Chile’s Atacama Desert is one of the driest places on earth. Yet it is teeming with beauty and plenty of surprises. Our Discovery Tours small group takes you to its fascinating heart, where you’ll gain remarkable insight into its wildness, its history, and its culture. Here’s what we find most fascinating about this mysterious place. We look forward to sharing it with you during our new Natural Wonders of Bolivia & Chile small group tour.

  • This vast desertscape stretches for some 49,000 square miles between the Andes and the Pacific Ocean.
  • Scientists believe the Atacama saw no significant rainfall from 1570 to 1971. Further, they call it the oldest desert on earth—at least three million years old!
  • The landscape has been compared to that found on Mars, so much so that movie crews have used it to stand in for the Red Planet and NASA has tested out some of their Mars rovers on its terrain.
  • The metallic-blue lakes of Miñiques and Miscanti were once one large lake, until lava flow from an eruption of the Miñiques volcano separated the two. Today, they occupy a starkly beautiful landscape that is home to flora and fauna found nowhere else.
  • Remarkably, about a million people call the Atacama Desert home. The vast majority of them live along the coast. But inland, people still eke out a living in tiny villages such as Socaire, Machuca, and Toconao. The latter boasts a welcoming market of textiles made from alpaca and other handicrafts, as well as a striking bell tower that is pure Atacama in its architectural style.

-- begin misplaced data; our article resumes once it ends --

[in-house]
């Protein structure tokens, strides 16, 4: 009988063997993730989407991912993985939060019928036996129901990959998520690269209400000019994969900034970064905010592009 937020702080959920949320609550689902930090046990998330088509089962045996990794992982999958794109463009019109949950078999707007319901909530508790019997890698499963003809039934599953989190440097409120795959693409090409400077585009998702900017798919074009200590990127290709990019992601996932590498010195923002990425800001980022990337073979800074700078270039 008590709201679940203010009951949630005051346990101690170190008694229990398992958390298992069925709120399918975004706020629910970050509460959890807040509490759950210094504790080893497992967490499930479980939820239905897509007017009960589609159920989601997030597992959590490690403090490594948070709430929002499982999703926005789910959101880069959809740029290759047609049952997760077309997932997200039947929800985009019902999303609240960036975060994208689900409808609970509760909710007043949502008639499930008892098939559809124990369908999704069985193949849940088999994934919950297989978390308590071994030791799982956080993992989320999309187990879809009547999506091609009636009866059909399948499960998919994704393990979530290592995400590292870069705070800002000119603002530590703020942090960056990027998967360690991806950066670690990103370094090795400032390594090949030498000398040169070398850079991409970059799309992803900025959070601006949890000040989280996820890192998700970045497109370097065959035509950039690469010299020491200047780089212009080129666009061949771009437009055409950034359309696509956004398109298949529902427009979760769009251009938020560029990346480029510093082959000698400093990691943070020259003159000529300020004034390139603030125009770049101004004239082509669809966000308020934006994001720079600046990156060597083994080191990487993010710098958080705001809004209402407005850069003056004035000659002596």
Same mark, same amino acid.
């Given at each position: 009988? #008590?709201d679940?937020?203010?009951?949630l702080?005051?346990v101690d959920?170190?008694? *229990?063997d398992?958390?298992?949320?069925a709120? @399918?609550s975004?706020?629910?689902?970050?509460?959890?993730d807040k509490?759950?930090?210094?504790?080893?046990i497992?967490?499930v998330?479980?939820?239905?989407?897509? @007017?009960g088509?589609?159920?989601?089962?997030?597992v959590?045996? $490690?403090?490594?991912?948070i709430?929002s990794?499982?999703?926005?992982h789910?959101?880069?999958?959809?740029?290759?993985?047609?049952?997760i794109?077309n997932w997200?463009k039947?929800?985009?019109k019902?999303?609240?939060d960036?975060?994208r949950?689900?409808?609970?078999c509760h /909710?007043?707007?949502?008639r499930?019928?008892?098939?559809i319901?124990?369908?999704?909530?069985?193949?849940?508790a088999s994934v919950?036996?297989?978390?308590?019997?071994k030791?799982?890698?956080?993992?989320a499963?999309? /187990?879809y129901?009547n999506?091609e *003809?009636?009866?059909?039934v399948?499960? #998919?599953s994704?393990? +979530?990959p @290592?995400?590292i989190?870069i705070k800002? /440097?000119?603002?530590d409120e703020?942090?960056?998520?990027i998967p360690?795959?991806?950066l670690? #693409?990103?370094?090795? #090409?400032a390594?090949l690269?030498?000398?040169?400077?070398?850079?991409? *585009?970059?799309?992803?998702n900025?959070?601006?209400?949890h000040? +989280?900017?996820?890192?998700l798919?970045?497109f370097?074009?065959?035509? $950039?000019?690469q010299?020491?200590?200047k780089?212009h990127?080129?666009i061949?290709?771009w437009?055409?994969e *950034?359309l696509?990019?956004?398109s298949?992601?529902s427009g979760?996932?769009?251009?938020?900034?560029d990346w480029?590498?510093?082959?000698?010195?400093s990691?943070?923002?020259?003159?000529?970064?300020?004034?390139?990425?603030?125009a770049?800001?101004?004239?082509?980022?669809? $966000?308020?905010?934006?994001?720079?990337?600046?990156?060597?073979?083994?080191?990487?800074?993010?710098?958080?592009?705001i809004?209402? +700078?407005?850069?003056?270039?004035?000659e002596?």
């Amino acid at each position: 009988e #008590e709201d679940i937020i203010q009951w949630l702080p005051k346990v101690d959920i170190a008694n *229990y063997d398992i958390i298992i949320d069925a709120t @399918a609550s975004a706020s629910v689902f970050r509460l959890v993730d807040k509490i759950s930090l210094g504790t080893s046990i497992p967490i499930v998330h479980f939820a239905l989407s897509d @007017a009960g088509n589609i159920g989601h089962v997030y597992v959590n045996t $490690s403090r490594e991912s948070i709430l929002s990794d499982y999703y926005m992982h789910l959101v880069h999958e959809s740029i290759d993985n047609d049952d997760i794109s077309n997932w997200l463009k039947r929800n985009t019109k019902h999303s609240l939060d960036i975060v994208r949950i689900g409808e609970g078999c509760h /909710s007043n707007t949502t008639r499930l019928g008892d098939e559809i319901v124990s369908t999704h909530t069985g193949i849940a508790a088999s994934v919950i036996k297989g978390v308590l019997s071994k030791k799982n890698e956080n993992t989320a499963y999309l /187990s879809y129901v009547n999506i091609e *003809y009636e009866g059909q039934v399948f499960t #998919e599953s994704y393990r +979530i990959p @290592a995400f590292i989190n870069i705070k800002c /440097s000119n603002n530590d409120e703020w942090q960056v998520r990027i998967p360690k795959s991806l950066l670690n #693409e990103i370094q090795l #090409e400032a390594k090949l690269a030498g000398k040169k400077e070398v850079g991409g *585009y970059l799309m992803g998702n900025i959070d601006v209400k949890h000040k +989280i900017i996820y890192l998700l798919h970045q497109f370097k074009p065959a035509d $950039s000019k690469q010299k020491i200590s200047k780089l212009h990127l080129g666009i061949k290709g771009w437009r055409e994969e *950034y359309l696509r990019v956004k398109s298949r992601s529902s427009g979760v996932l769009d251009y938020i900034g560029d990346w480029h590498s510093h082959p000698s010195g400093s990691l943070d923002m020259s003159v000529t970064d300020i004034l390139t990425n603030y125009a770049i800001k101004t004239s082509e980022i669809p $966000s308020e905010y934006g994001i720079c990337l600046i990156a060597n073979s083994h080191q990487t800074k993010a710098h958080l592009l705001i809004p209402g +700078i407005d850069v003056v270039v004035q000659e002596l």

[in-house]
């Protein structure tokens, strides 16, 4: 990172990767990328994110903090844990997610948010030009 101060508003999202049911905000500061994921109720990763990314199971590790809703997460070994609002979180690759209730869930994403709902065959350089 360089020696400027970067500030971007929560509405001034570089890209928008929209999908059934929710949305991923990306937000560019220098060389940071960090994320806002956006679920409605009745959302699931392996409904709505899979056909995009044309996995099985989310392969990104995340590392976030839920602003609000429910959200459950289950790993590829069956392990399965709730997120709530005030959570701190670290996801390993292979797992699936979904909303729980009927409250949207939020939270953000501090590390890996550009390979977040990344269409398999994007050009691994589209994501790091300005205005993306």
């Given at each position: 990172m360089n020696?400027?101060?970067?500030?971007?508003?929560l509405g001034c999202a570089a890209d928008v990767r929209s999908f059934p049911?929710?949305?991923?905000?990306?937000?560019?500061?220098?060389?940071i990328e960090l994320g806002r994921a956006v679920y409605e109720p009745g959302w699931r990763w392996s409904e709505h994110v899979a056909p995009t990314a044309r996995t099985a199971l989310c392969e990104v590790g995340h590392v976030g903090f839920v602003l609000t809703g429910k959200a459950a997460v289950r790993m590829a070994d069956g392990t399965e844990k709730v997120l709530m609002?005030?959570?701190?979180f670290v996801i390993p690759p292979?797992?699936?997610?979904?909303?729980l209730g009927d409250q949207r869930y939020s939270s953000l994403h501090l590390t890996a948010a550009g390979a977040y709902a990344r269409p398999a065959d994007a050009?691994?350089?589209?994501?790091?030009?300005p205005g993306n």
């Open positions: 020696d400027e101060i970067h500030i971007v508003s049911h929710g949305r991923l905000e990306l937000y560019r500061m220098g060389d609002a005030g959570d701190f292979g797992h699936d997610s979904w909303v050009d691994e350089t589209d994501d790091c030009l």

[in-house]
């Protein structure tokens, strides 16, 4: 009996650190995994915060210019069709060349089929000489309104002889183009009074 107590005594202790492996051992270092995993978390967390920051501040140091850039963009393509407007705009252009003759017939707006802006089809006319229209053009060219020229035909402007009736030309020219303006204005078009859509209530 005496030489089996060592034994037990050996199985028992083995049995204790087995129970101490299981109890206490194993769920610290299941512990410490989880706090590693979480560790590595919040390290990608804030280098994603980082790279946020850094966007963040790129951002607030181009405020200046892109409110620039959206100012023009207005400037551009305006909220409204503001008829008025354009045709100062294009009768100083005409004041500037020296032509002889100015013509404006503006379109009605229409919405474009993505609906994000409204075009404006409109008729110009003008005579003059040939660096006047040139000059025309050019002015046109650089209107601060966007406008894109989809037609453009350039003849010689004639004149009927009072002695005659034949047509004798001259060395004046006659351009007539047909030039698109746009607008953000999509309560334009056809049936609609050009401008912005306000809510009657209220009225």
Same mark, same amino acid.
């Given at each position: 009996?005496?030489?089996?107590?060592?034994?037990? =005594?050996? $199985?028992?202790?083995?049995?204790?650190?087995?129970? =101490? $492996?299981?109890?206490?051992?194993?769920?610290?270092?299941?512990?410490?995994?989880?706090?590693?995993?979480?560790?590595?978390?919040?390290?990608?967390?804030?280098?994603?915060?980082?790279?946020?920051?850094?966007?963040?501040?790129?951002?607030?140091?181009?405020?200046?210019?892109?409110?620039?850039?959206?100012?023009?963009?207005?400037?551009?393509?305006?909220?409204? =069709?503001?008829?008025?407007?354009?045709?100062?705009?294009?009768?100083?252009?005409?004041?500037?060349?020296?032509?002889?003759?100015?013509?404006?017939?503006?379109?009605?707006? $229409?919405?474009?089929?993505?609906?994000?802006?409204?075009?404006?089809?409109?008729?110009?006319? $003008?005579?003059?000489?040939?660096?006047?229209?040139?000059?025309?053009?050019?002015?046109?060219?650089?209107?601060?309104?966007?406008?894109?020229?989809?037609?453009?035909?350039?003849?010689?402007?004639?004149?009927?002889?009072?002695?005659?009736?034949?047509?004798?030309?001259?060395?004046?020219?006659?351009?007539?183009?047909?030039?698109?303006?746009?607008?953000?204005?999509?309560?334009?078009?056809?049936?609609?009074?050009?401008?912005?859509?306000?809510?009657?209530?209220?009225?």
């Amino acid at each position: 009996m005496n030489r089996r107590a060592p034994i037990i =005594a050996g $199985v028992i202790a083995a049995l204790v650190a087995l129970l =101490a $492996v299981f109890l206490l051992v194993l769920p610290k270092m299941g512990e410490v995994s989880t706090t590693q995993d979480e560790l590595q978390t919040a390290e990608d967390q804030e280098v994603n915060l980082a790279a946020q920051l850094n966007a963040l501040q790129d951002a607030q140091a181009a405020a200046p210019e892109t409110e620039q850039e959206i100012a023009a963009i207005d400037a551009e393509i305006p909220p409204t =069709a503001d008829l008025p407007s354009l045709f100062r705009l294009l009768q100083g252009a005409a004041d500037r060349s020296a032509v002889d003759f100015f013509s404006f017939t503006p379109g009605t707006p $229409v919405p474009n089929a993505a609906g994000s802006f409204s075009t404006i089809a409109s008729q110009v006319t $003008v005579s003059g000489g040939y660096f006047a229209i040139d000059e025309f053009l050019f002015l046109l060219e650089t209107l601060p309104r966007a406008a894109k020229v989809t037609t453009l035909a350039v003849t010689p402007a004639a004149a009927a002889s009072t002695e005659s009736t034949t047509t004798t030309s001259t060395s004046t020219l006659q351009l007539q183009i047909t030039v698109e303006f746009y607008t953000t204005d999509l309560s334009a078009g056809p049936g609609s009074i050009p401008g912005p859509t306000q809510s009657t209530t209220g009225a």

• With its clear skies, high elevation, and freedom from light pollution, the Atacama is one of the world’s best spots for stargazing. As conditions permit, you’ll visit an observatory and turn your gaze skyward with an astronomer.
  • At the desert’s edge, a 12th-century pre-Inca fortress provides remarkable insight into an ancient civilization while the site of Tulor, with its circular dwellings, lets you imagine life here as long as 2,000 years ago.
  • Geysers, hot springs, mud pools, and fumaroles steam and bubble and burst forth from the earth at the Atacama’s El Tatio geyser field, the largest of its kind in the Southern Hemisphere and the third largest in the world.
  • Wind and time have sculpted the jagged contours of Moon Valley and Death Valley, a pair of geological wonders rich in vast breathtaking landscapes and colors.

Posted by Gate 1 Travel

More of the World for Less